In January of 2024, a new tax will come into effect for homes over $3 million — and buyers and sellers in the luxury market are doing everything they can to beat the buzzer.
“I’ve noticed a significant buyer attraction over $8 million,” Barry Cohen, president of RE/MAX Realtron Barry Cohen Homes Inc., said.
The land transfer tax, or “luxury tax,” increases based on the value of the home will begin at a 3.5 per cent tax for homes over $3 million up to $4 million and will go all the way up to 7.5 per cent for homes valued at more than $20 million. For a $4 million home, that would amount to a $10,000 difference in land transfer taxes compared to the current structure. For homes in the $8 million range and above, the additional costs hit six figures.
“For people who want to avoid the taxes, it’s more the homes over $7, $8 million where the amount starts feeling significant to buyers,” Cohen said. “So the uber high-end has got their eye on vacant homes, because they see them as attractive, that the sellers could close with them by Dec. 31.”
However, Cailey Heaps, president of Heaps Estrin Real Estate Brokerage, said sellers and buyers are finding ways to close before the Dec. 31 deadline even if homes aren’t vacant. “Some people are buying to close quickly, and then rent it back to the seller so that the sellers aren’t rushed to leave. The workaround is the renting back solution.”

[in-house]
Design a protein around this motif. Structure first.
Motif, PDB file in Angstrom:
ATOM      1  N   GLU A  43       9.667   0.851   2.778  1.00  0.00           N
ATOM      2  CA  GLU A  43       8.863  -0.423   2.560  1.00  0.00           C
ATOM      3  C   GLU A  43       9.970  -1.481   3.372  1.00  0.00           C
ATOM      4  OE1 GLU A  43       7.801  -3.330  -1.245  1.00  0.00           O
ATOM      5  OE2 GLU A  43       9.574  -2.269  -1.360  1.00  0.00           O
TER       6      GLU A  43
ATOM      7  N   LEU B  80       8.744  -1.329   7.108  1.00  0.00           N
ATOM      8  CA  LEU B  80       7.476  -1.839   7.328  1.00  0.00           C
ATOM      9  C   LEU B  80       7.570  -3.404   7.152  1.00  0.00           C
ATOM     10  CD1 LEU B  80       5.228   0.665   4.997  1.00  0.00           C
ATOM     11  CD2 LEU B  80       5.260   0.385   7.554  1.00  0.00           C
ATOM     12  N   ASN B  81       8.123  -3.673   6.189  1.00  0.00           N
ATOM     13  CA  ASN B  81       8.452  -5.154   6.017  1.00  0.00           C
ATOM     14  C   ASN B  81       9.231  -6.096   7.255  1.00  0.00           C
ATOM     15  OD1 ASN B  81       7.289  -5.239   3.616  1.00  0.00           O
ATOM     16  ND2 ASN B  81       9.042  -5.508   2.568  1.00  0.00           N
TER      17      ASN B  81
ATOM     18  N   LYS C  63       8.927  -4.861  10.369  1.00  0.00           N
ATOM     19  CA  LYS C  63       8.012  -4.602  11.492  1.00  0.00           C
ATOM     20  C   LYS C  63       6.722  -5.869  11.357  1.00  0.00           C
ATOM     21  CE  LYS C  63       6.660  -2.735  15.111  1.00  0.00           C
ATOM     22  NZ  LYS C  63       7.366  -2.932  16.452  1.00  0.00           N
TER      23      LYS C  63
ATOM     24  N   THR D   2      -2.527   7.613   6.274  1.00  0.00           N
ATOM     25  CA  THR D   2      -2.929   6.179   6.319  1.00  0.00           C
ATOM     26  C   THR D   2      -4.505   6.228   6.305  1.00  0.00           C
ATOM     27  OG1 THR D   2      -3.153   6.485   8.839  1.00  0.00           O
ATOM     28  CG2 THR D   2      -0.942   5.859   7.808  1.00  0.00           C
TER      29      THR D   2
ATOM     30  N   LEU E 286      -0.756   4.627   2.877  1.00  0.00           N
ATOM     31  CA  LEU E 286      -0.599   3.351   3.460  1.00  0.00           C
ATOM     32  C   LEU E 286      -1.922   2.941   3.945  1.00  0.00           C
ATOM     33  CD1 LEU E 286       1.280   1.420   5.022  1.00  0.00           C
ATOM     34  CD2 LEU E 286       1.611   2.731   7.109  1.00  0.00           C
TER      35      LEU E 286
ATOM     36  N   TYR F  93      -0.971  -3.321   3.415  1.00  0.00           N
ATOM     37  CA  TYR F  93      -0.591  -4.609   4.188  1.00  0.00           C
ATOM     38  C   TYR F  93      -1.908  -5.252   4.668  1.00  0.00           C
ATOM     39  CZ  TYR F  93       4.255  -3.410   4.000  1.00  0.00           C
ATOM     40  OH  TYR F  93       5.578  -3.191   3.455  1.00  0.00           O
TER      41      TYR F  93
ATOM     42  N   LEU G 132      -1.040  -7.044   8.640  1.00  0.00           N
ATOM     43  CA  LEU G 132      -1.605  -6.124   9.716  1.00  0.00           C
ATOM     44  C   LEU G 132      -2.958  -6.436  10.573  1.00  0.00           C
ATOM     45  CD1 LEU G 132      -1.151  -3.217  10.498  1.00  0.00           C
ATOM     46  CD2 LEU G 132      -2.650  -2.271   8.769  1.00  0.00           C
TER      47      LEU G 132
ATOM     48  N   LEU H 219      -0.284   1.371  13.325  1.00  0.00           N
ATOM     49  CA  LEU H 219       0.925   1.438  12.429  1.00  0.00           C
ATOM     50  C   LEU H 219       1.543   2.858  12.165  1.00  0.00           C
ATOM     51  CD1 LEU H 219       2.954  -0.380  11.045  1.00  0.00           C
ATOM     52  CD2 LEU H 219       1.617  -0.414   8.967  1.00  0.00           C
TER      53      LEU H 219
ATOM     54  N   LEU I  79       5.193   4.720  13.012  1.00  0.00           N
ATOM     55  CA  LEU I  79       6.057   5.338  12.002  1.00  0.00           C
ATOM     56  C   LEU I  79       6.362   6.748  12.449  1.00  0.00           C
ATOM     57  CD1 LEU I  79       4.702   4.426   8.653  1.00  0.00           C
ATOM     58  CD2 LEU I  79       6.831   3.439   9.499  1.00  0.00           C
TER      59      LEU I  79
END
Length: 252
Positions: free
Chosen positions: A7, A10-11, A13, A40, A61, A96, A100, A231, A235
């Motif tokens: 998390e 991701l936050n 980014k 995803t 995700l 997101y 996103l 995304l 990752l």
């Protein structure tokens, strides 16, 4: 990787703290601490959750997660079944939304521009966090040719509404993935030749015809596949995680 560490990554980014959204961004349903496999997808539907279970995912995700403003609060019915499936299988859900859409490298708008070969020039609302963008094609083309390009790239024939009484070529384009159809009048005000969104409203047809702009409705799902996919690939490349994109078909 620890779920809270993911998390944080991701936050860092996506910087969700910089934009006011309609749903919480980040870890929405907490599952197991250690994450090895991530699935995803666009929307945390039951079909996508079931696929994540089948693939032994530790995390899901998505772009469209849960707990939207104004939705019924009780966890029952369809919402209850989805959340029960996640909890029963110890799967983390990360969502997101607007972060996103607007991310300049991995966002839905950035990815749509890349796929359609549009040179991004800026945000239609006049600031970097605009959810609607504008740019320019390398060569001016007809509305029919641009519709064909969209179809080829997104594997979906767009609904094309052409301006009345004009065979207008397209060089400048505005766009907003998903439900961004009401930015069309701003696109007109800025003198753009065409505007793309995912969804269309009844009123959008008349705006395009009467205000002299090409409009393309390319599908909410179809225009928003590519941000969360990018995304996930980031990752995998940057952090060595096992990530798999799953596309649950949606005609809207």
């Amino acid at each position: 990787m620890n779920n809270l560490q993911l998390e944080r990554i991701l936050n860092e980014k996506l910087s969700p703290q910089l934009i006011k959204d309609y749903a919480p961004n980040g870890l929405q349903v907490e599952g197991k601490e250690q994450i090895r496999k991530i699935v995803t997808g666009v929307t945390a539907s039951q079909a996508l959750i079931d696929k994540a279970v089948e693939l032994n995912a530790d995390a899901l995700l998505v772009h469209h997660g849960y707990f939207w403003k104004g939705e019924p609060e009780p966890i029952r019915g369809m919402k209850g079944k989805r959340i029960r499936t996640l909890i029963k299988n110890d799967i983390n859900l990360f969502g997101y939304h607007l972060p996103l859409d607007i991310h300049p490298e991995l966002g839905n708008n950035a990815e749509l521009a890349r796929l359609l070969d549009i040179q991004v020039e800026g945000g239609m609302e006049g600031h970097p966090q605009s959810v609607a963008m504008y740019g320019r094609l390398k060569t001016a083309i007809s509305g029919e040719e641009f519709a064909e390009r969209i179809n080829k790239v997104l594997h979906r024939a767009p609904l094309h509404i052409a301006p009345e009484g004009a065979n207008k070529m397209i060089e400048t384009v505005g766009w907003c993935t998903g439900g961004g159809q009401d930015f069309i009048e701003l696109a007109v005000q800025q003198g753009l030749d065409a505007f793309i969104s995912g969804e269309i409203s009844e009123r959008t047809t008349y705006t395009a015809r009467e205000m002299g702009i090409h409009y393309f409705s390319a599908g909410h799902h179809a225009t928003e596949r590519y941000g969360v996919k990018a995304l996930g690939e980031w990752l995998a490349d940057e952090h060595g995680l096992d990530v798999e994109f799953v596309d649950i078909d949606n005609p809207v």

Cohen has noticed a similar trend. “Buyers are saying, ‘If we were closing in April anyway, I’ll buy it now, rent your house back to you. You pay your utilities and taxes and I won’t charge you rent,’” he said. “And they’ll do it because they’re saving on a whopping tax.”
Looking at the numbers of sales and listings for luxury homes from September to November so far this year compared to last year, Cohen has specifically seen an increase in sales and listings for homes over $10 million. In September, October and November of 2022, there were no sales of homes over $10 million. This year in the same period, there were seven. There has also been an increase in over $10 million home listings in October and November compared to last year — from just eight in 2022 to 25 in 2023.
But Cohen noted that these numbers don’t reflect the full picture, since several off-market networks, where realtors share listings in Whatsapp or Facebook groups or privately instead of listing on MLS, have emerged since COVID and are particularly popular for luxury homes.
Overall, Heaps said that the ultra high-end market has already been performing well lately compared to the rest of the market.
“Interest rates have less of an impact for these people,” she said. “And now that segment of the market is motivated to move quickly based on the impending land transfer tax.”
Heaps said she anticipates a slower start to 2024 as people adjust to the changes within the market.
For 2024, Cohen said the effect on the market depends on what happens in those first few months. “There could be some price adjustments, and you might have sellers agreeing to pay the excess buyer tax.”
Ultimately, he said it’s just a matter of time before everyone accepts this luxury tax as the new normal: “Toronto is a very accepting market. I think by June, there will be complete acceptance, in perfect Canadian form.”